Thursday, July 31, 2014

Clever ideas sought for invention/upcycling contest

By Sally Parker

Five stores, the Davis Chamber of Commerce, Sierra Club Yolano Group and Cool Davis are joining the Square Tomatoes Crafts Fair in sponsoring an Invention and Upcycling Contest. It will be held Sunday, June 1, in Central Park for a $50 prize.

All of the sponsoring stores — Aggie Reuse, Hibbert Lumber, Common Grounds, SPCA Thrift Store and Boheme Hip Used Clothing — have rule sheets available and a notebook with upcycling ideas.

Why have so many stores and nonprofits sponsored the contest? Because an invention and upcycling contest is an idea whose time has come.

The invention part of the contest honors Davis creators. The right invention, like professor Andy Frank’s hybrid-electric car, can change the world. So far, Steven Inness, Peter Wagner and Citrus Circuits, Davis’ world-class robotics team, have entered the contest as inventors. Innovators in 3D printing are welcome to display their designs.

Upcycling is a form of invention available to anyone. Upcycling saves resources, reduces the waste stream and, best yet, it’s downright fun! Other means of saving resources involve a certain amount hard choices and self-sacrifice, but upcycling is more like a treasure hunt.

Upcycling means finding a new use for a product headed to the landfill. It means installing a shelf in a beautiful dresser that is missing a drawer. It means saving computer circuit boards from e-trash and cutting these surprisingly attractive pieces into jewelry. It means finding a new way to restyle a T-shirt.

The June 1 fair will have a display of contest entries and an idea board with images of common items that can be reused. Examples of upcycling can be found online at on the boards “Upcycled,” “Refashioned” and “Invention & Upcycling Contest.” People who want to enter the fair can find instructions at any of the sponsoring stores or online at

Along with a display of contest entries, the fair will have an Inventors’ Café with comfy chairs next to the food and coffee booth. Fair managers are organizing a “A Rhapsody in Redo” where fearless furniture wizards take second-hand to the outer limits. The Scissors Wizards Clothing Clinic will be at the fair with sewing tools, second-hand clothes and advice. The wizards will restyle clothing and show visitors how to refashion what’s too small, too big, partly ripped or downright boring.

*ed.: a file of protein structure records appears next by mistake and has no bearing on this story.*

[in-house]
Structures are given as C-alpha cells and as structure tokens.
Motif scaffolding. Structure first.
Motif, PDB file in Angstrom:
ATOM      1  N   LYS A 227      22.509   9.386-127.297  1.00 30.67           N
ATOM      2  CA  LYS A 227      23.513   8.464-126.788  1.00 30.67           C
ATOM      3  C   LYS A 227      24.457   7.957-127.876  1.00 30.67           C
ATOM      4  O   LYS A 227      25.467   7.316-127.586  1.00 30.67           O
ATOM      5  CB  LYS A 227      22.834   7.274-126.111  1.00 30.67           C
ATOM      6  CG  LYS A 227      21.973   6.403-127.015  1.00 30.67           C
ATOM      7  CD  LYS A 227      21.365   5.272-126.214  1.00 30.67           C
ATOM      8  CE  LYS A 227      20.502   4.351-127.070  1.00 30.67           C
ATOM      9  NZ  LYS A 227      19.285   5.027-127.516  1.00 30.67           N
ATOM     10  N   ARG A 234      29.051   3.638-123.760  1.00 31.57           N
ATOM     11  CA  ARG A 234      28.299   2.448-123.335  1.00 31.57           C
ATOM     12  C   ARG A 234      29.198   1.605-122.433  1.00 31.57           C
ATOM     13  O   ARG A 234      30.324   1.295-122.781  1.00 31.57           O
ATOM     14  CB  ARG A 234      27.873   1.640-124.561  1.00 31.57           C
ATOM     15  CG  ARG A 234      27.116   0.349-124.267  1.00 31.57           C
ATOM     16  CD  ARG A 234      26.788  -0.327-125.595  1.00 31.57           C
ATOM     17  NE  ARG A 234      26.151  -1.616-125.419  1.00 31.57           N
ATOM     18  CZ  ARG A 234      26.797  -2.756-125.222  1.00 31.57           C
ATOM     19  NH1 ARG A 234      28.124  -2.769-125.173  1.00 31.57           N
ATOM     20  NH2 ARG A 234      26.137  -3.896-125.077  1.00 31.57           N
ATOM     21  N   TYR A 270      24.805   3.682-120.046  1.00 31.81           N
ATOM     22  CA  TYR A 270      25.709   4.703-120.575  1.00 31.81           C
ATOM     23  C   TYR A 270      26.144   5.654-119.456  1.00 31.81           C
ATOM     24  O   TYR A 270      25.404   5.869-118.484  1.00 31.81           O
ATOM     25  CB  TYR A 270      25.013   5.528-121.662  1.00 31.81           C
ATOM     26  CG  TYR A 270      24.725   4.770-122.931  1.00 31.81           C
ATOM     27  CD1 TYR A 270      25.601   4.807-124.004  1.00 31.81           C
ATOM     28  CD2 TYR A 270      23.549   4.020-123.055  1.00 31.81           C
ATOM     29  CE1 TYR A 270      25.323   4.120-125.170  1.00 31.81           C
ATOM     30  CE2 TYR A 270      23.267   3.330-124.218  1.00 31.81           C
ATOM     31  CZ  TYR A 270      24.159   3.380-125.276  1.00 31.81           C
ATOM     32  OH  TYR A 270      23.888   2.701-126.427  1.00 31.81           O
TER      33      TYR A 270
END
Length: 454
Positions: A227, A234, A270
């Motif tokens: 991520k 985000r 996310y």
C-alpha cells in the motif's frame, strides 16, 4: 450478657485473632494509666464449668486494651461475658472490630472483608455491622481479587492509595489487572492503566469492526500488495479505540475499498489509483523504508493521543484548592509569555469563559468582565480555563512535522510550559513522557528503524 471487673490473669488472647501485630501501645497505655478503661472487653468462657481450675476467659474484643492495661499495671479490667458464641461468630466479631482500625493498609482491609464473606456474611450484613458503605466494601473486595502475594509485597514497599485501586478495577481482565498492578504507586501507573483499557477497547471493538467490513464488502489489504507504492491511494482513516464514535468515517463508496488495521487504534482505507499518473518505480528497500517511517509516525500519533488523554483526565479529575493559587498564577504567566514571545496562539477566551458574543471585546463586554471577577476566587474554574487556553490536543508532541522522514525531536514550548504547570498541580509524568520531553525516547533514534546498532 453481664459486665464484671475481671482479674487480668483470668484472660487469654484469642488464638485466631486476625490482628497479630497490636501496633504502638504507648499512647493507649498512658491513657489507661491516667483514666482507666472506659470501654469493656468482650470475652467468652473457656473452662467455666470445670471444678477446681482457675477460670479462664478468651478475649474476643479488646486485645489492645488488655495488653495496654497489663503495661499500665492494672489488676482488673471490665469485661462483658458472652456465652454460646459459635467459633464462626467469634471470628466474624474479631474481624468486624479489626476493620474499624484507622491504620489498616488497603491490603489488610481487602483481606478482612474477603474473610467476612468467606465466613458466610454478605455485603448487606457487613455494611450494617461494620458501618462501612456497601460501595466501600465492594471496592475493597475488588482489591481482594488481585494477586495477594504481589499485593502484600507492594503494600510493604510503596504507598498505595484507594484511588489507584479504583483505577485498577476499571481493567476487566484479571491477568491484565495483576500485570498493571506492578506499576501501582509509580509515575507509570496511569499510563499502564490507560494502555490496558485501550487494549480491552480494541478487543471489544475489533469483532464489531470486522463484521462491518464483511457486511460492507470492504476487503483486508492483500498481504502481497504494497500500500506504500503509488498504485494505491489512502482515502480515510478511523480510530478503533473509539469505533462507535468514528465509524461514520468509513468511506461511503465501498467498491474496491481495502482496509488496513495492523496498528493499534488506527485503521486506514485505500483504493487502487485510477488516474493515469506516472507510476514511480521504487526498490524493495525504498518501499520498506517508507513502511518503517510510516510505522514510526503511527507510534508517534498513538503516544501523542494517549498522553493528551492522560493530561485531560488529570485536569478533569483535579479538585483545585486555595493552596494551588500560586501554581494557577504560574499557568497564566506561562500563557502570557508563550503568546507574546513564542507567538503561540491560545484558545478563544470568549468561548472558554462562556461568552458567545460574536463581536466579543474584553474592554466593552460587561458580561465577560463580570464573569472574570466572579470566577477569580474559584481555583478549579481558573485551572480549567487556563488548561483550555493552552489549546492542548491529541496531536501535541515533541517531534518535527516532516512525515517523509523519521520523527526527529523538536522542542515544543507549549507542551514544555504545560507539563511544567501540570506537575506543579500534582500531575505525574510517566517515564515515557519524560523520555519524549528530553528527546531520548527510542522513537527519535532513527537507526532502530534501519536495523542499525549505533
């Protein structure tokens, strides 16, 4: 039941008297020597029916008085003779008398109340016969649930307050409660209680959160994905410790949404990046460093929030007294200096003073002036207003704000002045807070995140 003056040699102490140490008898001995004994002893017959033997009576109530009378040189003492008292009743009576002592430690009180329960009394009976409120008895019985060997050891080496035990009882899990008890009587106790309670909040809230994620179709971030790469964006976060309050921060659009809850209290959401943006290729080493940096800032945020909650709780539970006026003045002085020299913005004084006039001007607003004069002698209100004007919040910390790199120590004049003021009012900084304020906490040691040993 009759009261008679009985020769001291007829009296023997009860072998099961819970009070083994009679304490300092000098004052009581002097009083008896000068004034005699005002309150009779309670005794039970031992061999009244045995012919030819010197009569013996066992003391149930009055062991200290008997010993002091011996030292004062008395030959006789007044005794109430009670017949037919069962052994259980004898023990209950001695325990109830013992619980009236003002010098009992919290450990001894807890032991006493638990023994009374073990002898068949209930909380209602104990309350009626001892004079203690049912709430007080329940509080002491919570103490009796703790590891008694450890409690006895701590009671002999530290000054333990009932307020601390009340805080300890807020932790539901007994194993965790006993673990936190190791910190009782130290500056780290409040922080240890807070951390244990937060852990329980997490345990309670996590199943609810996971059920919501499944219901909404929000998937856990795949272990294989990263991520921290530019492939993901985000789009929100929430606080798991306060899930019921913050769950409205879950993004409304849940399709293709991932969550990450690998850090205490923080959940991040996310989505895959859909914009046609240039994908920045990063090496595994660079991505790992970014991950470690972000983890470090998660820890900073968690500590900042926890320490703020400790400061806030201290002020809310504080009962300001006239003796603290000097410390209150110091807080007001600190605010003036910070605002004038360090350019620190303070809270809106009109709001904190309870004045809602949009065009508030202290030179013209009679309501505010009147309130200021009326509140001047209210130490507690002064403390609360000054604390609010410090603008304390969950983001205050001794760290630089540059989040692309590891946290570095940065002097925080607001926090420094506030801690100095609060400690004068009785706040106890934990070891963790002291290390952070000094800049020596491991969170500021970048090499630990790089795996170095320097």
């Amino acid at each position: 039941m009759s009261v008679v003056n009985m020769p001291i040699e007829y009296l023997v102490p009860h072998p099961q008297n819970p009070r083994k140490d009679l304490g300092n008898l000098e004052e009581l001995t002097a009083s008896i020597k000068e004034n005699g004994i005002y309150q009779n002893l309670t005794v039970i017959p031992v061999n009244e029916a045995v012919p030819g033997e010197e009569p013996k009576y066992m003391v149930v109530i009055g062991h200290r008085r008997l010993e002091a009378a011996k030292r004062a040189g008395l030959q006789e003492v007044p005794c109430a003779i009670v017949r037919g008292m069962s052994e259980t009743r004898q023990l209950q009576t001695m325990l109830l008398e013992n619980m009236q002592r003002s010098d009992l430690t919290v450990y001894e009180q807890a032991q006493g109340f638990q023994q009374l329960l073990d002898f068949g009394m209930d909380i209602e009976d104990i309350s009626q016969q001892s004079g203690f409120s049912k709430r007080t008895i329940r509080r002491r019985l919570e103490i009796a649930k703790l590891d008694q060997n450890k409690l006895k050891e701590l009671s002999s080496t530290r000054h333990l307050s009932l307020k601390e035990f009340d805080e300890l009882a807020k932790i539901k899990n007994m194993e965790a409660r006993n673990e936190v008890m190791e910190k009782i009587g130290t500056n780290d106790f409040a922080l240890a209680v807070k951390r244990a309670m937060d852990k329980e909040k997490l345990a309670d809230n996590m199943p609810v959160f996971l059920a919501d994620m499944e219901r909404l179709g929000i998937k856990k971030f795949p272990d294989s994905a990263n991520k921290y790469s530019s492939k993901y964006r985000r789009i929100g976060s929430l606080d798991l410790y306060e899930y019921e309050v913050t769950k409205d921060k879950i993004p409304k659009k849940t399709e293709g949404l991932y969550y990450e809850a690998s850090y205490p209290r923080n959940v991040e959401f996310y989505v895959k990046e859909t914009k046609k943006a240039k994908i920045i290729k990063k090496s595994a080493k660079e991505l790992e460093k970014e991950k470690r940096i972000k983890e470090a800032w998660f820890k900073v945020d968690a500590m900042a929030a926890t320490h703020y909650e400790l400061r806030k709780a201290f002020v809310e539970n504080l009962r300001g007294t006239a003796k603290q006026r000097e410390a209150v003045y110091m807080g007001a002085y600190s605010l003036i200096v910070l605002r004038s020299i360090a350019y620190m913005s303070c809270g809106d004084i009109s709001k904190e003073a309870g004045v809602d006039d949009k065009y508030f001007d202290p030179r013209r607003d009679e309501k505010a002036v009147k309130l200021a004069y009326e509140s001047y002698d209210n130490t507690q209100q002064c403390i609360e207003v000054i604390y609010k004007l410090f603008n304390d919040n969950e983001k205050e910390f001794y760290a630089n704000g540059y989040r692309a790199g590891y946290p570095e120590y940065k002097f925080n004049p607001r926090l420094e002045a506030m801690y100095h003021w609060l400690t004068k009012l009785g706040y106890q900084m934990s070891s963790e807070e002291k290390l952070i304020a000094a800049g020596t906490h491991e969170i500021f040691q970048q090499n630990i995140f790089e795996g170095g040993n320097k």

People new to upcycling can find an “Upcycling Idea Book” at Hibbert Lumber with images of what can be done to transform old items into furniture. Few people know that a suitcase with four legs attached can become a tea table with storage space, or it can be stuffed with pillows and made into a dog bed.

Filing cabinets, the curse of the waste stream, can be restyled into anything from boudoir to sports-and-den. With spray paint, Modge Podge and comic book covers applied to the drawer fronts, a filing cabinet can be the pride of the den. A dresser can be converted into rabbit hutch, book shelves or a bench with storage space.

Drawers from dressers damaged beyond repair are still usable. Old drawers can be used as bins for raised-bed gardening.

Upcycling includes restyling clothes. With the right restyling, men’s shirts can have more lives than a wily tomcat. Boheme Hip Used Clothing has a photo called “Add Africa.” A large man’s shirt can be transformed into an African tunic by removing the collar and adding a contrasting yoke and cuffs. A suit coat or cardigan can be transformed into a folk jacket by cutting out the collar and adding a strip of fabric around the neck, front and cuffs.

Boheme, SPCA Thrift and Aggie Reuse have ideas books showing 12 ways to restyle a T-shirt. The Idea Book at Common Grounds shows ways of upcycling both furniture and clothing.

Acres of landfill space are sacrificed to clothes dumped for being boring, badly styled or unflattering. Trim, lace, contrasting fabric and new buttons can save the lives of many of fashion failures. Clothing with styling that is too terminal to be saved by major surgery, prayer or even a queer eye can be transformed into stuffed animals, purses or a braided rug. The Scissors Wizards at the June 1 fair will help visitors with ideas.

Beyond clothes and furniture, almost anything can be upcycled, repurposed, refashioned or redone. Upcyclers have cut the tops and bottoms from aluminum soda cans, pressed a design into the metal, and refolded the sheet metal into functional decorative boxes. Jewelers take broken china dishes and cut these into pieces used for jewelry.

Styrofoam fast-food containers, the nightmare of the landfill, can be reused as block printing sheets. Press a pattern into the foam with a ball-point pen, roll ink across the foam, and press this into a piece of paper.

What is the ultimate coup in upcycling? Upcycle vegetable scraps. The base of a celery stalk or romaine lettuce can be regrown into more food. The ultimate in upcycling is diverting a dresser drawer from the landfill for use as a planter to grow new vegetables from old kitchen scraps.

Reuse is always there waiting to be discovered. Check out the website or, better yet, bring an entirely new idea to the Invention and Upcycling Contest.

— Sally Parker is a Davis resident and founder of the monthly Square Tomatoes Crafts Fair.



Special to The Enterprise

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